I don't know about where you are, but in my corner of the world it's miserably cold this week. The days are short, the skies gray, and leaving the house a trial. When the weather's like this, it's easy to get down about, well, just about everything.
Which is why I was so excited when the latest edition of Adam Grant's newsletter arrived in my inbox promising books to "brighten up winter." The bestselling author and star Wharton professor regularly offers book recommendations, but this latest batch seemed particularly well-timed for those, like me, who just want to hide away with a good book until the weather improves.
And these aren't just any old books. Grant's selections offer optimism to counter some of our gravest worries and advice to practically improve your life this year. So grab a cozy blanket, make yourself a cup of tea, and prepare to curl up with a book that will make you feel a little warmer and more hopeful despite the gloom outside.
1. The Power of Regret by Dan Pink
A book about regret doesn't sound super cheery, but Grant explains the latest title from his "favorite writer on work and life shatters the myth that you should live with no regrets--and reveals how to make missed opportunities and foregone identities work to your advantage." You might not be able to avoid regret, in other words, but you can channel it productively.
2. Toxic Positivity by Whitney Goodman
I've written a bit about toxic positivity on Inc.com before, so I'm curious about this book from a therapist offering a deeper look at our "culture where too many people suppress unpleasant emotions and silence the suffering of others." Goodman "walks you through strategies for sitting with your own painful feelings and making space for friends, family, and colleagues to express their struggles," Grant goes on to explain.
3. The Power of Fun by Catherine Price
Now this sounds like a book to cut through the gloom of even the coldest, darkest days. "A joyful journalist offers a road map for making your days less dull, putting play on your to-do list, and moving from languishing to flourishing," says Grant.
4. I Didn't Do the Thing Today by Madeleine Dore
Constantly beating yourself up for not being more productive? Blogger Madeleine Dore's book "will free you from the pressure you put on yourself to squeeze output out of every minute," Grant promises.
5. Get It Done by Ayelet Fishbach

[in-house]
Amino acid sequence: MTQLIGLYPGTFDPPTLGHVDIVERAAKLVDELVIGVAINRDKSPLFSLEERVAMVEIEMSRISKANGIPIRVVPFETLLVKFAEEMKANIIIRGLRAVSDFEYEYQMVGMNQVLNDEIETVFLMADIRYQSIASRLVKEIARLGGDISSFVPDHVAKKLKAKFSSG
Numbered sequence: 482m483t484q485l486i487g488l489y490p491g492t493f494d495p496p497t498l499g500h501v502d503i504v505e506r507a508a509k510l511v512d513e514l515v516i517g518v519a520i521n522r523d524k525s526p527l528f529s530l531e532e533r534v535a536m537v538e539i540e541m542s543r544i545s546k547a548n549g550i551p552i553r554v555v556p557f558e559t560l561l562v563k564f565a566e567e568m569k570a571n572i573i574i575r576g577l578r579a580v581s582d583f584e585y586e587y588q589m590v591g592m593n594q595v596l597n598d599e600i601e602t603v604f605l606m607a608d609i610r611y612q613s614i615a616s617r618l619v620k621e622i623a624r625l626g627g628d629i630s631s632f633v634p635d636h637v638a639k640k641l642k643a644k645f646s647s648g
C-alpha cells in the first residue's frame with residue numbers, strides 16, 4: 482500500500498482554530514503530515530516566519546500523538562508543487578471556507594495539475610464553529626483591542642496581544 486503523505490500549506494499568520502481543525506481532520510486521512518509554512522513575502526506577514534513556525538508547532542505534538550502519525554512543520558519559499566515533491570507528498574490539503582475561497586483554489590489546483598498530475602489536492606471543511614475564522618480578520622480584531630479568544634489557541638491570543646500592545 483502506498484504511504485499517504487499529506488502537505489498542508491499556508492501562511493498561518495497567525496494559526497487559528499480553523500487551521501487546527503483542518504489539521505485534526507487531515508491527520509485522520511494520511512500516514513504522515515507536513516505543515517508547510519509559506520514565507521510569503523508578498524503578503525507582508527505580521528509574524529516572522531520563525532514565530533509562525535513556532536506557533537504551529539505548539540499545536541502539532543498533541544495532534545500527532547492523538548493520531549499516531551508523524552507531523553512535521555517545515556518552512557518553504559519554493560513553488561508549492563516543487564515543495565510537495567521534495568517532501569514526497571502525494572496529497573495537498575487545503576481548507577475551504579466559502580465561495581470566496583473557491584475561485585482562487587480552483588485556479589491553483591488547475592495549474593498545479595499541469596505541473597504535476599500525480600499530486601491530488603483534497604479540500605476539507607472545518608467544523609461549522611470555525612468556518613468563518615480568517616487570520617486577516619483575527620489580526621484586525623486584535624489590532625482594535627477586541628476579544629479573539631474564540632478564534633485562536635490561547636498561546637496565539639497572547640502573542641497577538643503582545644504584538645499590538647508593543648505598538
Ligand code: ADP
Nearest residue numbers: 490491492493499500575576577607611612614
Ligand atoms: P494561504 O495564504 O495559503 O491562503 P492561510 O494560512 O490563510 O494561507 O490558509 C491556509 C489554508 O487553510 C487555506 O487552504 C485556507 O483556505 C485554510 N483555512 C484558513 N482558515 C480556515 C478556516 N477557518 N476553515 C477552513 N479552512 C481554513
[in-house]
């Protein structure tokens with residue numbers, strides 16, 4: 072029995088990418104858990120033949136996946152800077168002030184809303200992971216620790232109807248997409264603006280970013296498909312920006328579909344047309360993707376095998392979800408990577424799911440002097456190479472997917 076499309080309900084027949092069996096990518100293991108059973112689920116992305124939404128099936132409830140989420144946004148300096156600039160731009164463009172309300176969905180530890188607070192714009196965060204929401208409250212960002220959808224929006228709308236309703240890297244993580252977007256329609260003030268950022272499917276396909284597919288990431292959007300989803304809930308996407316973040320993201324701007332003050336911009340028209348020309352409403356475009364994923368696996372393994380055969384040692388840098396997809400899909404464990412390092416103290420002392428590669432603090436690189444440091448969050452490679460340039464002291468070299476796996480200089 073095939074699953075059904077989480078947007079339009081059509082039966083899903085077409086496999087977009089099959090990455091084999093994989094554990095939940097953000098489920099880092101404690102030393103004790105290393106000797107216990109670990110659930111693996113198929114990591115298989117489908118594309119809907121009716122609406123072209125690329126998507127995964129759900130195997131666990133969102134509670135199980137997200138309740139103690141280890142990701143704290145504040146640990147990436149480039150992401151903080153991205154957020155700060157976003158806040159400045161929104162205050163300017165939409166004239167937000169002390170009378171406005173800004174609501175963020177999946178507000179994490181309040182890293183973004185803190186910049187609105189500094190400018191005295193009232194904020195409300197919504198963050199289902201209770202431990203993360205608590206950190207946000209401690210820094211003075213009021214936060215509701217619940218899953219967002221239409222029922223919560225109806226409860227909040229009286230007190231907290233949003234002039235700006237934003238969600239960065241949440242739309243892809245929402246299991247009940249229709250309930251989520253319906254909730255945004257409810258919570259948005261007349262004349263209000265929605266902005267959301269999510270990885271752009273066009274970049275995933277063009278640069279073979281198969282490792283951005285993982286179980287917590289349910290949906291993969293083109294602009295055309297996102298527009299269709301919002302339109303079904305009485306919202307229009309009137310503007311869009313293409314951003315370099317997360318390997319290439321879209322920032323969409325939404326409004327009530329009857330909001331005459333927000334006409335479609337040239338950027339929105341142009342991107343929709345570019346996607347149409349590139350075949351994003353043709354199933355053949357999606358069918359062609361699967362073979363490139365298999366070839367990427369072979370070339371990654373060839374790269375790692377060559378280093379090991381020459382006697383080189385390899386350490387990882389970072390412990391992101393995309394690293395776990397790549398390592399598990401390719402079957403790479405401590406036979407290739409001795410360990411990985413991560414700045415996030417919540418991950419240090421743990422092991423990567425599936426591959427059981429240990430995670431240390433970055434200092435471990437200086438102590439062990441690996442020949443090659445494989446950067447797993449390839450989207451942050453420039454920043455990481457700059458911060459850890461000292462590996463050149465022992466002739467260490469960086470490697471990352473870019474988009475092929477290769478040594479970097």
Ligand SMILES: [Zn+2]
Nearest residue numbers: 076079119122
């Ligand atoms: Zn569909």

If your problem isn't productivity guilt, but instead an actual lack of productivity, then maybe skip the title above and advance straight to this one from a social psychologist offering "surprising and useful insights for closing the gap between your intentions and your actions," according to Grant.
6. Stolen Focus by Johann Hari
If your New Year's resolution was to be more focused this year, then this is the book for you. Grant describes the author as "a thoughtful critic of our modern malaise" who "explains why we've lost the capacity to concentrate, and how we can win the war on distraction."
7. Making Numbers Count by Chip Heath and Karla Starr
"This cure for statistical illiteracy couldn't come at a better time or from a better team," insists Grant. Anyone reading the news lately (or getting into fruitless fights on social media) would probably agree with him.
8. The Eye Test by Chris Jones
Worried about the future of humans in a world of increasingly sophisticated A.I.? Then pick up this optimistic book. "A journalist convincingly illuminates when the patterns of the past don't always predict the future, why we need people in the analytics equation, and how data can inform human judgment rather than replacing it," says Grant.
9. Raising Critical Thinkers by Julie Bogart
It's been a hard couple of years for parents in part because of misinformation-driven division and discord. You can't do much to make other adults more thoughtful, but you can channel your frustration into ensuring your kids grow up to do better. In this book, Grant says, "an influential educator delivers a guide to teach your kids to become thoughtful consumers of information."
10. The Revenge of Power by Moises Naim
If it's politics that has you stressed this winter, then perhaps the cure is this book by a foreign policy expert explaining "why authoritarians and autocrats have risen around the globe--and how we can defend democracy in our own backyards."
11. The Black Agenda edited by Anna Gifty Opoku-Agyeman
"An award-winning founder and change-maker brings together prominent Black scholars to examine what we can do to fight systemic racism and build a more just world," writes Grant of this book. Now that's a worthy goal for 2022.
12. From Strength to Strength by Arthur Brooks
This book, set to be released in mid-February, is aimed at those of us staring down the second half of our life and worried about the future of our careers. "The social scientist who wrote a viral article on middle-age career decline examines how we can reverse that trend to find happiness, meaning, and success in the second half of life," says Grant.